Student newspaper serving Tulane University, Uptown New Orleans

The Tulane Hullabaloo

How HBCUs “Come Together”: black colleges and universities offer a different Homecoming experience

Margaux Armfield | Art Director

Margaux Armfield | Art Director

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“In the days leading up to homecoming, the atmosphere on campus is marked by intense anticipation,” Edward Wiggins, a sophomore at Xavier University of New Orleans, said. “All of the students are preparing to slay in their nicest outfits.” 

Wiggins described an average week before Homecoming at Xavier, a historically black university fewer than two miles away from Tulane’s Uptown campus.

The first of the historically black colleges or universities, known as HBCUs, was established in 1837 in response to the refusal of predominantly white institutions to admit applicants solely based on their race. New Orleans is home to three historically black institutions, which account for just a few of more than 100 HBCUs that exist today.

Homecoming at Tulane is a bit different from the Homecoming celebrations at schools like Xavier. Tulane is often classified as a predominantly white institution, or PWI, due to its majority white student population.

Most students at Tulane mark the beginning of Homecoming week with the painting of the windows of the Lavin-Bernick Center for University Life. Student organizations decorate a part of a window with their choices of designs. Without these windows, some students might not know that Homecoming season is around the corner.

Tulane hosts a myriad of events to amp up school spirit and excitement for Homecoming season.

“I overheard a lot of people talking about the homecoming carnival, concert, comedy show and movie nights with great enthusiasm,” Tulane freshman Haylee Martinez said.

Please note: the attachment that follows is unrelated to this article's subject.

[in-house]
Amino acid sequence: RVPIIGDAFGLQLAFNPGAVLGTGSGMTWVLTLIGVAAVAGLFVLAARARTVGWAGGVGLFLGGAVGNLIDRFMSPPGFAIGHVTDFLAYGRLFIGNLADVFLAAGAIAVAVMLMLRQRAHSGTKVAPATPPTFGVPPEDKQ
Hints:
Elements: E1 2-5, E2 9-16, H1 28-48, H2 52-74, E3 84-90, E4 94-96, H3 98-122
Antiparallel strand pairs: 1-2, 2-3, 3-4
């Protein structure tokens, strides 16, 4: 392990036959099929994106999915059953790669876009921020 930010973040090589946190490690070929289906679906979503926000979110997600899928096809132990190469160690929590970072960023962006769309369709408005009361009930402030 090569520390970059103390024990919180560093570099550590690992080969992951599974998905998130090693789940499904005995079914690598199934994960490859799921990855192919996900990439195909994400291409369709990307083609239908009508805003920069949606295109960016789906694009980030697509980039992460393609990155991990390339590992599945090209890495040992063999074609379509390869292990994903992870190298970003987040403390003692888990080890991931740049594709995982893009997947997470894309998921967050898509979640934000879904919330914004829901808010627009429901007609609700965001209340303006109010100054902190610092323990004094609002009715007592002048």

Roll wave! #greenwavestyle #tuhomecoming

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HBCUs also plan a range of events for homecoming week, but perhaps the most notable events are the concerts. These institutions typically welcome some of the most influential artists to perform during their Homecoming festivities.

This year’s performers at various HBCUs did not disappoint. Jackson State University’s headlining performer for its Homecoming was rap legend Lil Wayne, accompanied by Cardi B and Yo Gotti. Howard University’s lineup for Homecoming included Rhythm and Blues singers Daniel Caesar and Tory Lanez, as well as Rick Ross. On Nov. 15, H.E.R. will perform at Xavier University.

Meanwhile, Tulane signed Jesse McCartney, who performed his hits from 2006 including “Beautiful Soul.” The two previous years’ artists include indie band Broods and white rapper Hoodie Allen.

At Tulane, like other Division I schools which are often PWIs, Homecoming centers on its leading sports team, usually football. At a school like Tulane, with an underperforming football team, some students feel like Tulane’s Homecoming week does not offer options for everyone. 

What some Tulane students thought would be a win against the University of Cincinnati turned into a disappointing 17 – 16 loss.

“We lost the homecoming game, so clearly the game is not that big of a priority,” Martinez said. “A few of my friends didn’t even know who we were playing against.”

At HBCUs, sporting events are typically overshadowed by the large number of alumni who return to their alma maters to participate in Homecoming festivities and reminisce with former classmates.

“Homecoming at Xavier is like one big family reunion, not only with current students but with our alumni as well,” Wiggins said. “We take Homecoming very seriously.”

 

This is family business. #HowardUniversityHomecoming

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And with all of the excitement, for many students at HBCUs, Homecoming weeks mark the highlight of their years.

“Besides the fashion and the concerts, HBCU Homecomings are a time to reconnect and bask in blackness, fun and excellence,” Spelman College sophomore Jacqueline Brown-Gaines said. “As much crap as I deal with going to an HBCU, the Homecomings definitely make up for it.”

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Student newspaper serving Tulane University, Uptown New Orleans
How HBCUs “Come Together”: black colleges and universities offer a different Homecoming experience